Banks post consistent card volume growth in Q4, but consumer spending remains uncertain in 2023

The data: Major US credit card issuers rounded out 2022 with tempered results as consumers contended with stronger economic headwinds.

  • JPMorgan Chase’s credit card sales volume grew about 12% year over year (YoY) in Q4—slower than the 29% YoY increase from the same period in 2021.
  • Citi’s branded credit card volume grew 9% YoY in Q4, down from Q4 2021’s 24% YoY jump.
  • Wells Fargo’s credit card point-of-sale (POS) volume jumped 17.5% YoY in Q4. Volume surged 28% YoY during the same period in 2021.
  • Bank of America’s Q4 credit card spending volume increased 6% YoY. In Q4 2021, the bank’s volume jumped 26% YoY.

Card spending in Q4 was consistent with prior quarters in 2022, but couldn’t compete with 2021’s post-lockdown spending boom.

Key context: Two factors likely affected volume growth in Q4 2022.

  • Inflation. Q4 opened with a 7.7% YoY increase in October, according to the Bureau of Labor Statistics’ consumer price index. Even as inflation slows (down to 6.5% in December), consumers are still spending more on a dollar-for-dollar basis than they were last year.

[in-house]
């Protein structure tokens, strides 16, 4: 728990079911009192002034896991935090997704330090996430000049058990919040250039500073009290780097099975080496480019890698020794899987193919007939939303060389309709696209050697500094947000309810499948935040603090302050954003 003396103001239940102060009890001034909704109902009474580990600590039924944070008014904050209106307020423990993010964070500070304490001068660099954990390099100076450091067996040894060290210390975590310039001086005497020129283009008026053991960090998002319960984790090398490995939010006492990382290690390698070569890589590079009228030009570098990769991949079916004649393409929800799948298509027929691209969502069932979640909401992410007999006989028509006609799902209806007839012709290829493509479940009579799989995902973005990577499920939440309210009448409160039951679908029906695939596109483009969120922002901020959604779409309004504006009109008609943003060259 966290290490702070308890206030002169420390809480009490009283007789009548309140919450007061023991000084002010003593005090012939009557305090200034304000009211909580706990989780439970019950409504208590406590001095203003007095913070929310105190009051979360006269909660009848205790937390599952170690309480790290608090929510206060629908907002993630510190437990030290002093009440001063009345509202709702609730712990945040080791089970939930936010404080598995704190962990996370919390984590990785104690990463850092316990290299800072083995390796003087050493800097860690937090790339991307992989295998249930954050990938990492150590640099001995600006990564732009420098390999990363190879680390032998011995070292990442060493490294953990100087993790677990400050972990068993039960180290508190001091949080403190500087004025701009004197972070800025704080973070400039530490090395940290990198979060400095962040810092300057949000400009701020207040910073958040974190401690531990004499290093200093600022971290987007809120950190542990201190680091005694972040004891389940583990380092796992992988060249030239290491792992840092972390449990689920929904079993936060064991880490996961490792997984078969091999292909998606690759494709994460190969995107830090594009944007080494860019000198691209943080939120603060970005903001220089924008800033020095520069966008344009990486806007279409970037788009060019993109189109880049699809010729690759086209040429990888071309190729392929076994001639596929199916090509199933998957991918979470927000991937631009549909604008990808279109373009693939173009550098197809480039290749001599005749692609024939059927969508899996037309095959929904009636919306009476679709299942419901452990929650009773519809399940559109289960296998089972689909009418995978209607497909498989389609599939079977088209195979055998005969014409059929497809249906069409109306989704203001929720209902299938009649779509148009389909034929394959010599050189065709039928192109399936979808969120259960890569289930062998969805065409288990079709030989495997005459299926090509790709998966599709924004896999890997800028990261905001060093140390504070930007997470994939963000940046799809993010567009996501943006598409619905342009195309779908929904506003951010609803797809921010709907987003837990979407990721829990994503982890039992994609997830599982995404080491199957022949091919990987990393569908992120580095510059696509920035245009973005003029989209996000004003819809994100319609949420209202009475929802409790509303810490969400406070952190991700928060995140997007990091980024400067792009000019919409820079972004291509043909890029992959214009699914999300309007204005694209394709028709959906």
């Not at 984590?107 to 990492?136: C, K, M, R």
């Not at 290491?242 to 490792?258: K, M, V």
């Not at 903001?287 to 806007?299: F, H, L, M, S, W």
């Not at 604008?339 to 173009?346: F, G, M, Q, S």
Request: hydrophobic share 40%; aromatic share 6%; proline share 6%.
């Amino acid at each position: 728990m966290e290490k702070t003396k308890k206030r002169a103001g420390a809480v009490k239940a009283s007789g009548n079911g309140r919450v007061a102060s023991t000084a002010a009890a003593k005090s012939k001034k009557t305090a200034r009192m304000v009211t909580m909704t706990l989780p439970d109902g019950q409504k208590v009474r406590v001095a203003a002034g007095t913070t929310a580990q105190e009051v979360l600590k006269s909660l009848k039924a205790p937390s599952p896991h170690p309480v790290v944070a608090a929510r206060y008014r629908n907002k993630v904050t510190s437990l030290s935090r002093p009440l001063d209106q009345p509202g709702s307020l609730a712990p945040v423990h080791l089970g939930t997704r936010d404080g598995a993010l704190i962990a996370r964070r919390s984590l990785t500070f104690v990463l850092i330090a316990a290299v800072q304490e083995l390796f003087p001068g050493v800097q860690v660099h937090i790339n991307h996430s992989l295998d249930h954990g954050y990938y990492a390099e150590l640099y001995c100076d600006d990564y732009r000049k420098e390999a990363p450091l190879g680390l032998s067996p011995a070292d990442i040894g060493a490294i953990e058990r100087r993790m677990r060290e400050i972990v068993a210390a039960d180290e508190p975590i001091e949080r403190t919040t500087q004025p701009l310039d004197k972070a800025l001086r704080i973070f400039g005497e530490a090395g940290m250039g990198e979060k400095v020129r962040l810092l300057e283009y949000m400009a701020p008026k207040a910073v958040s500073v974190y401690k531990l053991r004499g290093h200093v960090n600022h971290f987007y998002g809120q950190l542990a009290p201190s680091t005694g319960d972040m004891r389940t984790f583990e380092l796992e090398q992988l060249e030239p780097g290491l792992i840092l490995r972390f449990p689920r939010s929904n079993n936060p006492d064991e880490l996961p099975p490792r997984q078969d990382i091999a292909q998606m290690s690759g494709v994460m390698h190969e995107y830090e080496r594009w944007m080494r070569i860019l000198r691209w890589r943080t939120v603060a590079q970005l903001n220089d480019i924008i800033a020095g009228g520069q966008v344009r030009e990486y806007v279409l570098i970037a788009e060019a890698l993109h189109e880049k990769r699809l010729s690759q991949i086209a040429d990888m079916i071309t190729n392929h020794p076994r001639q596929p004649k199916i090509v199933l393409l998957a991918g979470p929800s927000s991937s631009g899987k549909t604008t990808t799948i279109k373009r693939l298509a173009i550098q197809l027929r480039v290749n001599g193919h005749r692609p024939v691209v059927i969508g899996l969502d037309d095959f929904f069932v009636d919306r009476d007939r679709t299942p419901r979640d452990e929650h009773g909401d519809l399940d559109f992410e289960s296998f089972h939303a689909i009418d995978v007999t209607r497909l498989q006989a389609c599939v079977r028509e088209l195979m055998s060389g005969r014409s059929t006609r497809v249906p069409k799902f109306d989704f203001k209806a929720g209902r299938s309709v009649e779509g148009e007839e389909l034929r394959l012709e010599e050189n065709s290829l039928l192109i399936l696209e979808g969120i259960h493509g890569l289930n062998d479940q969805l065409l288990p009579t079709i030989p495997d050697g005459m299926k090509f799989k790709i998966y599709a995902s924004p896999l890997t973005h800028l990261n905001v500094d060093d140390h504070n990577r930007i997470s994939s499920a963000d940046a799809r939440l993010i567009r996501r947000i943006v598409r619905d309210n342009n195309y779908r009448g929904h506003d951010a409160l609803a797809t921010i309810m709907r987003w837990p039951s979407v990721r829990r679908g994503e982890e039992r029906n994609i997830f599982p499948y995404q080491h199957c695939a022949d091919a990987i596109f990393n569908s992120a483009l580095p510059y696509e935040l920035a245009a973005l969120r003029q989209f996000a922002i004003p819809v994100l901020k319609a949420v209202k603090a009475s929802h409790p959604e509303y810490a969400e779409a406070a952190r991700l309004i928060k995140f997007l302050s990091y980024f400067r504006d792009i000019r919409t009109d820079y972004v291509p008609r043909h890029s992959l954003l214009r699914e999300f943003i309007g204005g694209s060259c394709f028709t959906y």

• Holiday shopping. Issuers also benefited from strong holiday spending throughout Q4. US holiday retail and ecommerce sales reached $1.297 trillion last year, according to Insider Intelligence forecasts.

Looking ahead: Economic headwinds coupled with an elevated reliance on credit cards among consumers may increase the risk of missed payments and delinquencies.

While it’s up to the National Bureau of Economic Research (NBER) to declare a recession (which sometimes doesn’t happen until after the recession is over), some economists at big banks are expecting one in 2023. And there are signs that consumers are feeling financially strained.

  • The savings stockpile that US consumers built up during the pandemic has dwindled: The Federal Reserve estimated that US households had about $2.3 trillion in savings from 2020 through the summer of 2021. But by mid-2022, those savings had shrunk to $1.7 trillion.
  • About 46% of US consumers are carrying credit card debt from month to month, compared with 39% last year, according to Bankrate data.

Banks are already setting aside cash to cover potential delinquencies. Some have also cut costs by devaluing select credit card rewards. To help consumers better manage their spending, banks might also integrate flexible payment features into their cards, which players like TD Bank have already done.

Related content: Check out what our Banking Innovation analysts have to say about Q3 earnings and what banks are doing to prepare for an economic downturn.

This article originally appeared in Insider Intelligence's Payments Innovation Briefing—a daily recap of top stories reshaping the payments industry. Subscribe to have more hard-hitting takeaways delivered to your inbox daily.